- observes the short-term gravity effect due to the atmosphere, replacing the simple method of using a barometer-to-gravity conversion factor,
- and atmosphere's secondary effect by way of the redistribution of water mass in Kattegat Basin near-by as a response to pressure and wind forcing,
- and any other kind of gravity change during an AG campaign the cause of which we actually don't need to understand (yet our inquisitive determination notwithstanding).
AG campaigns consist of an instrument setup (called project) on top of a geodetic monument in a specific orientation north or south, and measuring a series of trajectories of a fre-falling prism, typically one drop every five or ten seconds, thousands of such drops per setup, grouped into sets of e.g. 50 each. In the standard procedure, each drop observation is reduced for the influence of known gravity variations (tides, polar motion, atmosphere), whereupon the sample is screened for outliers, weighted averages are computed for each set and finally, the equivalent is done on the set sample. Thus, an average mean value of reduced gravity is obtained for each project.
SG support of AG may thus contribute to reduce AG campaign by campaign. The SG may have a major advantage in its extremely low noise on time scales of minutes and days, but it has an annoying feature in the shape of a drifting mean reading. If the hypothesis of a simple, linear function holds (eventually augmented with a unique, decaying exponential), temporal anomalies of gravity could be identified as departures from this parsimoneously parameterized drift. This would adjust offsets between AG campaigns due to natural causes and possibly identify those of instrumental origin. Can this be done with confidence?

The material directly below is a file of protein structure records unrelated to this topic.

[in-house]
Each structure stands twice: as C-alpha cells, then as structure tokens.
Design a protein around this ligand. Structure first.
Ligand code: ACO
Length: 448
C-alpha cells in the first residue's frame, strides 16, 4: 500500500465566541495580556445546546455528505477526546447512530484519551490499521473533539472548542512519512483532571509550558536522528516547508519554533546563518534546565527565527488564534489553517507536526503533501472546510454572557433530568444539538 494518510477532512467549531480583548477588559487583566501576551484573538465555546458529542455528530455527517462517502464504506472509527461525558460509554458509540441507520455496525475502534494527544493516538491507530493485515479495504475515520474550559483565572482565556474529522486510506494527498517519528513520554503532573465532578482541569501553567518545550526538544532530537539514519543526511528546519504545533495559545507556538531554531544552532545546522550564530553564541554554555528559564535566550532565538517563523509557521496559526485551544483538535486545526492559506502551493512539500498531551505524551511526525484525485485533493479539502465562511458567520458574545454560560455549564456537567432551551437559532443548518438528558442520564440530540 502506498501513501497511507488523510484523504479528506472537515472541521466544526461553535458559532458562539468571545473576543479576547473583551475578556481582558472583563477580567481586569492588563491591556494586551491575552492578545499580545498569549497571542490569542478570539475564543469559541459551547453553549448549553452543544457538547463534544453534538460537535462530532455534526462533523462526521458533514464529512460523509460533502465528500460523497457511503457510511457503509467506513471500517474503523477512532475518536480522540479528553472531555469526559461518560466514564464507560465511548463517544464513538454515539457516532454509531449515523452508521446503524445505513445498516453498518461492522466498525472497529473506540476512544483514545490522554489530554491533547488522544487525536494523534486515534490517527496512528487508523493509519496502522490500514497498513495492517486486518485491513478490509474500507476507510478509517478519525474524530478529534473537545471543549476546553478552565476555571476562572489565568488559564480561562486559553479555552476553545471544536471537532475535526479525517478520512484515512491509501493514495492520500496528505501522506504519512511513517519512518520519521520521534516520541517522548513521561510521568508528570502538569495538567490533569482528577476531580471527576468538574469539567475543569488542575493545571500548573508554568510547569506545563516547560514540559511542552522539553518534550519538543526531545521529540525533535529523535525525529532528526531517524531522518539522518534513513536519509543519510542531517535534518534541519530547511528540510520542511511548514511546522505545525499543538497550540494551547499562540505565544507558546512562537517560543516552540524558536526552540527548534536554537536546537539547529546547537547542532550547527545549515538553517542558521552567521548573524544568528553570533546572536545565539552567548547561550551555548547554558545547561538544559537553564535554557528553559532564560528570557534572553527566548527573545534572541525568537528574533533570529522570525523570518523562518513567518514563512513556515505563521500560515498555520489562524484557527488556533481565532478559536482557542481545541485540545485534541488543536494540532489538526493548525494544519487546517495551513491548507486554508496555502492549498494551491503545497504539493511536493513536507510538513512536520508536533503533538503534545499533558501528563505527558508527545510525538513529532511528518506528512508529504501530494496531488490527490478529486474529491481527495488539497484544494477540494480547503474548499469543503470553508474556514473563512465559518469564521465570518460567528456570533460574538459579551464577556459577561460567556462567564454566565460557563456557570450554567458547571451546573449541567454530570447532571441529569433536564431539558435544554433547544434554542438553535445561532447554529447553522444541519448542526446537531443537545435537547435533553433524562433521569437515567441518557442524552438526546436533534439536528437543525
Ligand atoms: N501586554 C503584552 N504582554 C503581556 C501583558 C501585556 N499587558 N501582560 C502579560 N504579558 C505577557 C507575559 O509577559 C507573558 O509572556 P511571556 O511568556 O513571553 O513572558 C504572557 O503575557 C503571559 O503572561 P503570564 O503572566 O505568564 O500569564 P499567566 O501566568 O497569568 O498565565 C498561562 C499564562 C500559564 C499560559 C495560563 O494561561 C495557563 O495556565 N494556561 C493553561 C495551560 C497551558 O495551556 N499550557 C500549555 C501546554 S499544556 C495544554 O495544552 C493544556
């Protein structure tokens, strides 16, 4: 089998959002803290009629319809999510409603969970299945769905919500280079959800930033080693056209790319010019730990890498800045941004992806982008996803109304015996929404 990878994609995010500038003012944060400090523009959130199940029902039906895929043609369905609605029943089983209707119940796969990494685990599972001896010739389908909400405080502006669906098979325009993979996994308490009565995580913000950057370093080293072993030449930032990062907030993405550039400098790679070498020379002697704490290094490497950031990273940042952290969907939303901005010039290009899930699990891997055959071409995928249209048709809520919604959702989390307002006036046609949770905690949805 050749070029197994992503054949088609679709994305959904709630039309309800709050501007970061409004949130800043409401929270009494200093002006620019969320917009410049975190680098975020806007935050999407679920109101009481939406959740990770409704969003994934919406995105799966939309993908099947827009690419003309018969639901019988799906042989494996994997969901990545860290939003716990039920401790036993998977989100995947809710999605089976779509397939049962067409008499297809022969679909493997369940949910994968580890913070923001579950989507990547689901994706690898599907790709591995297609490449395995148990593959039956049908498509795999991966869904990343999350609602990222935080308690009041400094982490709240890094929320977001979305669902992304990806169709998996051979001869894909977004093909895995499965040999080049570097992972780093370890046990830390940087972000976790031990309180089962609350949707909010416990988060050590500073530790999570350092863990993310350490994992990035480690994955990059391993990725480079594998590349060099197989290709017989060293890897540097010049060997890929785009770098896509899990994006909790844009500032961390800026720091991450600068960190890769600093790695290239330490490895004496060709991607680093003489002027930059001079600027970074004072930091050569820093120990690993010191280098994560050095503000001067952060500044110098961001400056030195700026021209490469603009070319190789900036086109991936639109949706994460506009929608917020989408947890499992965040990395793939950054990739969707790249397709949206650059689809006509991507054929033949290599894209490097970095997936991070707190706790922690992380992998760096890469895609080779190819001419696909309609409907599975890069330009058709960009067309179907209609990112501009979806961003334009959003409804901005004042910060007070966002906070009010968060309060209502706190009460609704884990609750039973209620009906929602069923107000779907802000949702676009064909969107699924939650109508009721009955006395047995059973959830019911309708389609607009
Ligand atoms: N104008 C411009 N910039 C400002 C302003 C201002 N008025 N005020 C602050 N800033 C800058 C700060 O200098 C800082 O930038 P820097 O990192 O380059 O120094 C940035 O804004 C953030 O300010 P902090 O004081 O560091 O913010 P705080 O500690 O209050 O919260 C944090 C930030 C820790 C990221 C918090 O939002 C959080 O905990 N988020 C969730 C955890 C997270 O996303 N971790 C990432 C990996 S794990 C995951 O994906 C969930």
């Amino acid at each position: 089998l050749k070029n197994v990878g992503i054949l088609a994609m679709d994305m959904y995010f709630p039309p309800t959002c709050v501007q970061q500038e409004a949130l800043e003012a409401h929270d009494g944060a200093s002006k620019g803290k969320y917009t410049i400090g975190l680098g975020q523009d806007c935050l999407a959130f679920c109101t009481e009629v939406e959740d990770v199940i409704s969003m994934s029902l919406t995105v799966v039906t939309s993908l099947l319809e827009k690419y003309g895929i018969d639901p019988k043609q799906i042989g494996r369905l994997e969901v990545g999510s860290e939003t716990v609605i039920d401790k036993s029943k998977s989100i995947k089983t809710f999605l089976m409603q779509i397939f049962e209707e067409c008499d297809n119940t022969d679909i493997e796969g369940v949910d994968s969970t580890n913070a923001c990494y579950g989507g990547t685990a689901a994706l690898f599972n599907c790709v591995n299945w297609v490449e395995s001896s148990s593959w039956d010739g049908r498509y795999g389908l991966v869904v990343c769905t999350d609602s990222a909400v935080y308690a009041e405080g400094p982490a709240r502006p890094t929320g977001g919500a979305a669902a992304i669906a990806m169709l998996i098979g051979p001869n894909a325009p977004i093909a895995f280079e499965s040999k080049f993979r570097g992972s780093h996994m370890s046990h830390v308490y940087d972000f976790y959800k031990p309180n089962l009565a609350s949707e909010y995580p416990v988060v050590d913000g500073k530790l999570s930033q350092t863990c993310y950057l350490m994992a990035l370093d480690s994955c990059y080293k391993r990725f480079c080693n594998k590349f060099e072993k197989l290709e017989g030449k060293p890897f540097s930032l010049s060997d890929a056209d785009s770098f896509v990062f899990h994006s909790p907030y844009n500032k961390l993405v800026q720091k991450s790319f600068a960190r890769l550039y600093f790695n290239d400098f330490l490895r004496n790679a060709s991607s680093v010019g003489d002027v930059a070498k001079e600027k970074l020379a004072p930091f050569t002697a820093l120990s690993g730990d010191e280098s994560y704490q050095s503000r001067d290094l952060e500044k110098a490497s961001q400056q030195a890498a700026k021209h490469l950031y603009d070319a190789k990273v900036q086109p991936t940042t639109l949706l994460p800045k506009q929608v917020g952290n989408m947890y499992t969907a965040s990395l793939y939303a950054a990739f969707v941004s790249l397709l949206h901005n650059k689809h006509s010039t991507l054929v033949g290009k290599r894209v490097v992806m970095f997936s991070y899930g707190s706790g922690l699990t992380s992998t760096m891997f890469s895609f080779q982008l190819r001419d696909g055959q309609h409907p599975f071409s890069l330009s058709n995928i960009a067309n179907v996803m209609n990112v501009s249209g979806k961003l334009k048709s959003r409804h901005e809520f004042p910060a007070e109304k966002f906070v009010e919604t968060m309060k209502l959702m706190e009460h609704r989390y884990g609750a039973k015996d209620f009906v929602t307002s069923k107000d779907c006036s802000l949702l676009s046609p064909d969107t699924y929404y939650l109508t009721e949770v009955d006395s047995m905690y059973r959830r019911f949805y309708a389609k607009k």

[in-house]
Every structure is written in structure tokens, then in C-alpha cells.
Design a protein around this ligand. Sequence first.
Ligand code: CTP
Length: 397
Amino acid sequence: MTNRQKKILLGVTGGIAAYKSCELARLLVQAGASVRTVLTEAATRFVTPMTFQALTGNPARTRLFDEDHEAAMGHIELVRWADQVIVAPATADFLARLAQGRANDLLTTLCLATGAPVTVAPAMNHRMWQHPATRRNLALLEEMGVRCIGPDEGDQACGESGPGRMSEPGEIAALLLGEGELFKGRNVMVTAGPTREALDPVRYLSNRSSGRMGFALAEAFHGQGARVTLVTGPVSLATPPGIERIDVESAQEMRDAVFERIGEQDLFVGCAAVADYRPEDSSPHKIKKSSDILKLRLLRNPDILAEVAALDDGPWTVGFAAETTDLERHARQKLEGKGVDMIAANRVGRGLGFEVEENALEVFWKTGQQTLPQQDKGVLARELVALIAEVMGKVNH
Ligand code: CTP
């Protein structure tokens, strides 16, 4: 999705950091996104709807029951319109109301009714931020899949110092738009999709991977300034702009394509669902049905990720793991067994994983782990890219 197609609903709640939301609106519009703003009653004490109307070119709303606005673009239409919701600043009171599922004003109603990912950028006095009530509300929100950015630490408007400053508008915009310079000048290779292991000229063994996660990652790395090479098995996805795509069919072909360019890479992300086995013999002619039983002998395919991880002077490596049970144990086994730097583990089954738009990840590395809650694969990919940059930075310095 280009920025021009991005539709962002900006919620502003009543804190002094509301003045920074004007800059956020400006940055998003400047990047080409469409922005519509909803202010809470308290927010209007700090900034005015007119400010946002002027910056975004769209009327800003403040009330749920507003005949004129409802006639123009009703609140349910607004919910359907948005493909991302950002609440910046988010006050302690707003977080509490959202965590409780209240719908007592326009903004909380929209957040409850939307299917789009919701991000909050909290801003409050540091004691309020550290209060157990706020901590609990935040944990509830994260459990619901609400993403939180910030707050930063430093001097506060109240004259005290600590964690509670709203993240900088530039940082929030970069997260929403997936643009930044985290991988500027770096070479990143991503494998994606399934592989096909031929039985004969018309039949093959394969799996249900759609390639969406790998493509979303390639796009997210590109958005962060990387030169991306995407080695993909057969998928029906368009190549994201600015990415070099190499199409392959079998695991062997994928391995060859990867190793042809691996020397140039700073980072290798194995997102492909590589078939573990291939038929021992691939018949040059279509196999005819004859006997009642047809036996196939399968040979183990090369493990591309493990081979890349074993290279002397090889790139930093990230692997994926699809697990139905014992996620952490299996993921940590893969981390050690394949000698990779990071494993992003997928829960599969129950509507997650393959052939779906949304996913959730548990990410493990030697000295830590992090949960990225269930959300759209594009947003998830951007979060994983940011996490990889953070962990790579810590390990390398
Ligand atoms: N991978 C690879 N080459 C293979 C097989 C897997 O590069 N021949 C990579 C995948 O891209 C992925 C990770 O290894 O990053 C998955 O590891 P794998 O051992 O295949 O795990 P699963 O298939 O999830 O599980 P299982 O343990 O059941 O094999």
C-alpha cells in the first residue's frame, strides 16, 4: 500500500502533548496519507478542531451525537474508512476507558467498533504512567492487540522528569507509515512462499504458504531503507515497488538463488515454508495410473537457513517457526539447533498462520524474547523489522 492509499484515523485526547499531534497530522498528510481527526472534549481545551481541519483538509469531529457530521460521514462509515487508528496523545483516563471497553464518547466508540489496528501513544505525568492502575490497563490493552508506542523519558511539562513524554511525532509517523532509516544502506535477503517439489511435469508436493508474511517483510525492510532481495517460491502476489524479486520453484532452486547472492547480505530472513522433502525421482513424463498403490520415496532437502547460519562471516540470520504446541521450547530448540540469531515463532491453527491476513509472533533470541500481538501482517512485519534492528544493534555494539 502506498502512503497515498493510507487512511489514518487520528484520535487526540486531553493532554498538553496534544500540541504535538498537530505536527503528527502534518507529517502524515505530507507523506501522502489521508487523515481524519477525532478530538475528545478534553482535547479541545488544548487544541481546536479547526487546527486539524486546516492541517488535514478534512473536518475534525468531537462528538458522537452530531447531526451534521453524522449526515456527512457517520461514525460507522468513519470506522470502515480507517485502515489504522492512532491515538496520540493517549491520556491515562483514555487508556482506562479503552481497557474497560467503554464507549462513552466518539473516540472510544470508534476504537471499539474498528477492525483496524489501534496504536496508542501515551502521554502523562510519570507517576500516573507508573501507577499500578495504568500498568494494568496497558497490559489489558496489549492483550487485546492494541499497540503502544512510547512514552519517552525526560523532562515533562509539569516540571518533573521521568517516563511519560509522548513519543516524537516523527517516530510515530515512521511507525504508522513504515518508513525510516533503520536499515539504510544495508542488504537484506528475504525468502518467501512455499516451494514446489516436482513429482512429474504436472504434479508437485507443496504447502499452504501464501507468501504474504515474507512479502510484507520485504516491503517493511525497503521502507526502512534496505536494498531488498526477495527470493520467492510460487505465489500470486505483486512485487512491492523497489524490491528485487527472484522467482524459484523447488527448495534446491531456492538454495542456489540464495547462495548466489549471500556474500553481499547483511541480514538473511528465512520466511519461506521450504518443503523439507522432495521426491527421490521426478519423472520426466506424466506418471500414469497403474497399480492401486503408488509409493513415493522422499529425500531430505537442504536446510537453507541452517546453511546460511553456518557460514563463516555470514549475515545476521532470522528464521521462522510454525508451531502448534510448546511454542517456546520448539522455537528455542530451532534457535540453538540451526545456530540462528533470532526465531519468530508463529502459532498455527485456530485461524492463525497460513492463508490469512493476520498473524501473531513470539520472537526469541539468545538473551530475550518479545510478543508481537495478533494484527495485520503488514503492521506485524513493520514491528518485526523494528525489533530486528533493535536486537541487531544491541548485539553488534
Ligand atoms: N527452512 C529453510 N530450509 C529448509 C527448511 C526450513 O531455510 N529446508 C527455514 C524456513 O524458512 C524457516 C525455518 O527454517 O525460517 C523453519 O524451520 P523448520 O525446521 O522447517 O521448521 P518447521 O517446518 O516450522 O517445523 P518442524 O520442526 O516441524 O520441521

A second approach to reduce AG measurements takes a grip at the very-short time scale, i.e. at drop level. Here, the dominating natural perturbation has it origin in the ambient micro-seismic noise. The AG intrument makers have taken precaution to isolate the dropping chamber for these vibration with an effectively infinite-length spring suspension (called Superspring). However, its noise rejection is less than ideal. At noise levels of 100 nm/s2 or above, I can demonstrate that the superspring overcompensates the vibrations. The SG is not useful in this part of the spectrum owing to measures to record alias-free data at 1 Smp/s interval; a strong low-pass filter causes attenuation and phase lag. Instead I use a broadband seismometer (Guralp CMG T3, 120s) operated by Uppsala University within their SNSN network at a location 800 m west of the gravimetric lab. As it turns out, a bespoke combination of SG and Seismometer acceleration signals affords us a decrease in SG drop noise when micro-seismicity is strong. Since the seismographic correction is citical in terms of precise timing, we can also correct the time-stamp information of the AG-drops to GPS-time precision at ter ±0.1 s.
Once all drops of all the AG campaigns since 2009 are collected and parallelled with the SG+Seismometer and instrument- and setup-bias series, a multi-campaign regression can be performed. The most critical effect (or better: nuisance) in this reduction to account for is a time series of the drift of the SG. The audience of the seminar will be confronted and prompted for their critical comments on this rather challenging, alternatively doubtful, approach.